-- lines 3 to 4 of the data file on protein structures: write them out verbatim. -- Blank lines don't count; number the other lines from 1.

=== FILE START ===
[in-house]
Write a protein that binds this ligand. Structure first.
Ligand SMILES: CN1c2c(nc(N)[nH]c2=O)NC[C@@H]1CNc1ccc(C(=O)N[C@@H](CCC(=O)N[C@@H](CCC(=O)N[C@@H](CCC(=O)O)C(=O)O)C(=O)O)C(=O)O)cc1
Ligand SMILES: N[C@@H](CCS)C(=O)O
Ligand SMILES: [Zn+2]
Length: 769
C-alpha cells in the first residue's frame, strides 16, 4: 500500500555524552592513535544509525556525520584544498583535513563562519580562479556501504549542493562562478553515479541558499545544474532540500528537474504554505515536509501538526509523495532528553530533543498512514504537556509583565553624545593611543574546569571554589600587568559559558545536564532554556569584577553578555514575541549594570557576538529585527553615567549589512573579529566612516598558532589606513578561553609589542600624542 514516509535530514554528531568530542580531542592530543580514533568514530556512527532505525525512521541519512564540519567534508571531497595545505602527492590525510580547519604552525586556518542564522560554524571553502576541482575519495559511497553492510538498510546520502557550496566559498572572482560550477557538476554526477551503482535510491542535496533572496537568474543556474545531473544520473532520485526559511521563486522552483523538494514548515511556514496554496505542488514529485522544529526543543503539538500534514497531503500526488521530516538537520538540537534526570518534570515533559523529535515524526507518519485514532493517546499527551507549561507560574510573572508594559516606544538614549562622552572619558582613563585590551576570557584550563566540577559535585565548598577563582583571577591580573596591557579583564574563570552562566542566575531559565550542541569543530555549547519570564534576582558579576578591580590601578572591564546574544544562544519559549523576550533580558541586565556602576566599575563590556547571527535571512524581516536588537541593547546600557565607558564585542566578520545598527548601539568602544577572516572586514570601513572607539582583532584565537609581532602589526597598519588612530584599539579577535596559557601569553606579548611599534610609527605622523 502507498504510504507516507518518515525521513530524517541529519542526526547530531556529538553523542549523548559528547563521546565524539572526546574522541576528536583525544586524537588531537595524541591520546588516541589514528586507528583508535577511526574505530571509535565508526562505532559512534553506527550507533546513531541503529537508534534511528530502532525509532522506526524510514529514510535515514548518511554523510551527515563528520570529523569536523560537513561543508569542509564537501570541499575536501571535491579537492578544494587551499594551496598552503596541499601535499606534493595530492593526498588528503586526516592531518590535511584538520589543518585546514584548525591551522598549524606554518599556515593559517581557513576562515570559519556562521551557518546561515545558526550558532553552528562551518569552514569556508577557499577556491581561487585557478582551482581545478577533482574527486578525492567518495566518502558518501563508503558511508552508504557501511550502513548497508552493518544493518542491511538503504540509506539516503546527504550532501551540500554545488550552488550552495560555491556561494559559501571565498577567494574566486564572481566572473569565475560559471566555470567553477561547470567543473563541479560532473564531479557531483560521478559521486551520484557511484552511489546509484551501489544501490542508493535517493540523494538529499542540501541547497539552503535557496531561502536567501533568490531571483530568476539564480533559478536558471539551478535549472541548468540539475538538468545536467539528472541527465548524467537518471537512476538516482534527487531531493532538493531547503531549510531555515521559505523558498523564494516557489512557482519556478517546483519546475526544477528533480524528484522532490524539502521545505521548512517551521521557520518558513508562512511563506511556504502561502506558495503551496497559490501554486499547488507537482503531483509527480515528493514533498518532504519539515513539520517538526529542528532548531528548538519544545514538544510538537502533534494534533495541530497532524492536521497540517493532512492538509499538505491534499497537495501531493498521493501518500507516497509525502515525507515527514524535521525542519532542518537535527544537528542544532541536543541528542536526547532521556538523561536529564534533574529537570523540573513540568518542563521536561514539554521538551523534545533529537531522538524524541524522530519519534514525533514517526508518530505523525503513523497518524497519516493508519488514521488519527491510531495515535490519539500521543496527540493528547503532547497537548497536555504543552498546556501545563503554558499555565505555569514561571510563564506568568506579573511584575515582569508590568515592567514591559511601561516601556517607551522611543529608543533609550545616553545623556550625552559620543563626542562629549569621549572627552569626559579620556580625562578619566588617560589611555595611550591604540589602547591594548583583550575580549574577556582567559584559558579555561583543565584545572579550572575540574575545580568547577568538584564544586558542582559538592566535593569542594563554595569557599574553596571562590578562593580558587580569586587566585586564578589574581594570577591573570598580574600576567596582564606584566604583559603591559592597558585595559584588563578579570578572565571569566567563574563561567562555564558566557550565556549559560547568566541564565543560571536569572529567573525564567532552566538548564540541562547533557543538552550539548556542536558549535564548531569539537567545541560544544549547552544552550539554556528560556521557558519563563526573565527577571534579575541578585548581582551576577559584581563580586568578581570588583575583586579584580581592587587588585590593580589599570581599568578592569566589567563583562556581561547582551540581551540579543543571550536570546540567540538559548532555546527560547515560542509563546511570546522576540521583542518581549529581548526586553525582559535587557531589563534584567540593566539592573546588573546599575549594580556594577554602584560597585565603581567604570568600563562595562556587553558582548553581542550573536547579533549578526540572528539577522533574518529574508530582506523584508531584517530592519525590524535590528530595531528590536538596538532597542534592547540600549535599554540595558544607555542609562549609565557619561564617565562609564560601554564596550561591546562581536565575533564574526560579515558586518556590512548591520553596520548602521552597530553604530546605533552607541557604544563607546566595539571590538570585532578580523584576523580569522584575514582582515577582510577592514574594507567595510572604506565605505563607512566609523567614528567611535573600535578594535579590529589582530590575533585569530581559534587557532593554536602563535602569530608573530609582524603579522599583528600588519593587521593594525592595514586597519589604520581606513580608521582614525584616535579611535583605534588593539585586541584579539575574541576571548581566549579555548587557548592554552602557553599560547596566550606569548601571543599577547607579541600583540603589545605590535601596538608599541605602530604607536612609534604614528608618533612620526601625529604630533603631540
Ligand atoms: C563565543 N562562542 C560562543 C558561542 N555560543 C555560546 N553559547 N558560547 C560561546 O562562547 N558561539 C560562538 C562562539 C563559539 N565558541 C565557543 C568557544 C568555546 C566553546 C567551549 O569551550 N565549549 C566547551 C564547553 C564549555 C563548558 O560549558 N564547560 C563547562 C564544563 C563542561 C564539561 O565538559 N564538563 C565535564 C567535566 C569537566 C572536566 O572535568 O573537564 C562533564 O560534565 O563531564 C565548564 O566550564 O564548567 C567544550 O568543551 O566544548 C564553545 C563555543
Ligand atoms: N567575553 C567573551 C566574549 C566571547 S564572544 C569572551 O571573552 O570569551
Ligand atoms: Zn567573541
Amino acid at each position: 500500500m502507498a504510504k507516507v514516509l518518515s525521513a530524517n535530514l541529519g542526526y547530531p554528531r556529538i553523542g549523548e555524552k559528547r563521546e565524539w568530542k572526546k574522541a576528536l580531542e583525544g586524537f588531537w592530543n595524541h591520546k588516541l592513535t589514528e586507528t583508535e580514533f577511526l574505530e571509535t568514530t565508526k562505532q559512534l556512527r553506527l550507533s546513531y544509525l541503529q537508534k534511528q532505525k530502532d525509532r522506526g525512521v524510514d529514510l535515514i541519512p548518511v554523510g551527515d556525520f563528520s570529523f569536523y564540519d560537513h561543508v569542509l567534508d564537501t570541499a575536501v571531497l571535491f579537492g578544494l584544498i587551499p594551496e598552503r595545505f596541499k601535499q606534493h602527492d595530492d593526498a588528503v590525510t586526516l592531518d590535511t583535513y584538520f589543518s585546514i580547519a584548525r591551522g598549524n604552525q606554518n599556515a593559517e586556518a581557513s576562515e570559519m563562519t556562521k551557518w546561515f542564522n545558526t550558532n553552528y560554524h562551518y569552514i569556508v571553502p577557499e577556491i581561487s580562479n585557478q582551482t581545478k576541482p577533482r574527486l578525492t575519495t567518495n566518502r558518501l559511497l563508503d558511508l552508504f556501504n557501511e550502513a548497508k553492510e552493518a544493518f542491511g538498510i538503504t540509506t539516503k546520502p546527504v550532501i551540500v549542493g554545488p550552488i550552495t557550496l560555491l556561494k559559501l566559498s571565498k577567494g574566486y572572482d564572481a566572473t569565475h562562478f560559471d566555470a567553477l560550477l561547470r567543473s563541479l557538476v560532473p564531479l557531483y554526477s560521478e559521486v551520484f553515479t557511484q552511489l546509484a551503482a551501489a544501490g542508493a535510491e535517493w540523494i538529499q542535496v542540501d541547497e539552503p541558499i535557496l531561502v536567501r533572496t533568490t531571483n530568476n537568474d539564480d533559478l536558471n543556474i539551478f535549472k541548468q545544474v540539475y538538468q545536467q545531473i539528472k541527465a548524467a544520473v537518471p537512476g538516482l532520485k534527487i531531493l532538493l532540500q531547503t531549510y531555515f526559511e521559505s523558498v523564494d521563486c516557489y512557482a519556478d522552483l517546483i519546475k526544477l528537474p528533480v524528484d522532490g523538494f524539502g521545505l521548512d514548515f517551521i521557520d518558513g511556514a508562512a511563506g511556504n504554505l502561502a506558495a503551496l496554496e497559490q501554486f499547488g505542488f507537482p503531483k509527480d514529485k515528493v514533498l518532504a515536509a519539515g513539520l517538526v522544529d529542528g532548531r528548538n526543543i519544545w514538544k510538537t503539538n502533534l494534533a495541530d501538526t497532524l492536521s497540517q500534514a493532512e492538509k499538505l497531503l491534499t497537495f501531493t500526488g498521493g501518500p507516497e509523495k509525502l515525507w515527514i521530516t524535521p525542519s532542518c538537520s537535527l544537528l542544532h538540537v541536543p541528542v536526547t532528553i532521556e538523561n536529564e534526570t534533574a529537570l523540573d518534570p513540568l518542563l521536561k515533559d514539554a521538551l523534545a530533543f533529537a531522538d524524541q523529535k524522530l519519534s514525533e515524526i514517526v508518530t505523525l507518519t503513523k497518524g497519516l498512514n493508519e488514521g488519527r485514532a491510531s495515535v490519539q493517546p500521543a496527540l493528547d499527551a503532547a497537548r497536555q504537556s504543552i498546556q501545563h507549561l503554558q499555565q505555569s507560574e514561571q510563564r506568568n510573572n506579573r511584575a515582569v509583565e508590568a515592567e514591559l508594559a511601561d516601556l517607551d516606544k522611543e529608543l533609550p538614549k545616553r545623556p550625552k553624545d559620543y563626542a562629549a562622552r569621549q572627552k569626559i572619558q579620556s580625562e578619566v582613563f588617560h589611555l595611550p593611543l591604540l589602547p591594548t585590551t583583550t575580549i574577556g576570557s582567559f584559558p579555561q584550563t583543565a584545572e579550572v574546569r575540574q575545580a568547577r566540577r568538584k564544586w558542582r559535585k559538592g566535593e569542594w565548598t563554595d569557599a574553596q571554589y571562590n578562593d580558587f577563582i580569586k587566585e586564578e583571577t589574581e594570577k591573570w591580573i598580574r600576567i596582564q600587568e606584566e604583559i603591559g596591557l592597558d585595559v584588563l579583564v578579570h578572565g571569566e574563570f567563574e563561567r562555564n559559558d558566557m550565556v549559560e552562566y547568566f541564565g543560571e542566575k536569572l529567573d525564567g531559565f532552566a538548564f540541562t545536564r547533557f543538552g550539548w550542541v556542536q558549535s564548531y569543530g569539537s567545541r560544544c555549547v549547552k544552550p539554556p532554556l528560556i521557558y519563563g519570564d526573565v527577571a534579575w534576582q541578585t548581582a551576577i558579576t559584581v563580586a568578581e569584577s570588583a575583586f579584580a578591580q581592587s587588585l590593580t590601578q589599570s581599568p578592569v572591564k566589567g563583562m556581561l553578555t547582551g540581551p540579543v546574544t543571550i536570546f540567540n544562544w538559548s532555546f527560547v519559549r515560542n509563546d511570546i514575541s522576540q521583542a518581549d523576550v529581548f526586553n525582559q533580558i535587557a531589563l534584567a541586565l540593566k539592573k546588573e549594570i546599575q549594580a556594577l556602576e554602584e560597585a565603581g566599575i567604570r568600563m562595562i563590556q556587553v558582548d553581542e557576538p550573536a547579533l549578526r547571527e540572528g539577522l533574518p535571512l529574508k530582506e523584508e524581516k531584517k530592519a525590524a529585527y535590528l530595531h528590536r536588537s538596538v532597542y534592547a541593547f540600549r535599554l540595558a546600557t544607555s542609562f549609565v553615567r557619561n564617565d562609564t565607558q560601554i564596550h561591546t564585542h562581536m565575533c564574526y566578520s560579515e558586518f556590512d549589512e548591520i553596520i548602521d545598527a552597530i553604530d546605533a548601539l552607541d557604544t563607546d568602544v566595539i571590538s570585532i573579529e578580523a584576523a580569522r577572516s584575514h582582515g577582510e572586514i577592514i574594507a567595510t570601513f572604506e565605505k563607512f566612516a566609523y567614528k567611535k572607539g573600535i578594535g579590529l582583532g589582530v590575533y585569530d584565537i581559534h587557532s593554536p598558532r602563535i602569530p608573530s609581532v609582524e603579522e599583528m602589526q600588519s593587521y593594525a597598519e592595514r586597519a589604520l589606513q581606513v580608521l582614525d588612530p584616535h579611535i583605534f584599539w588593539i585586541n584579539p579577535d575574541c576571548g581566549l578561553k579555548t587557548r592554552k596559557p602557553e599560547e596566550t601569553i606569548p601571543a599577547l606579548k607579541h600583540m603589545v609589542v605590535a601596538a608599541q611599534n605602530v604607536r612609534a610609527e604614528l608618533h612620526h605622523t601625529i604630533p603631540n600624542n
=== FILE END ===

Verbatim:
Ligand SMILES: CN1c2c(nc(N)[nH]c2=O)NC[C@@H]1CNc1ccc(C(=O)N[C@@H](CCC(=O)N[C@@H](CCC(=O)N[C@@H](CCC(=O)O)C(=O)O)C(=O)O)C(=O)O)cc1
Ligand SMILES: N[C@@H](CCS)C(=O)O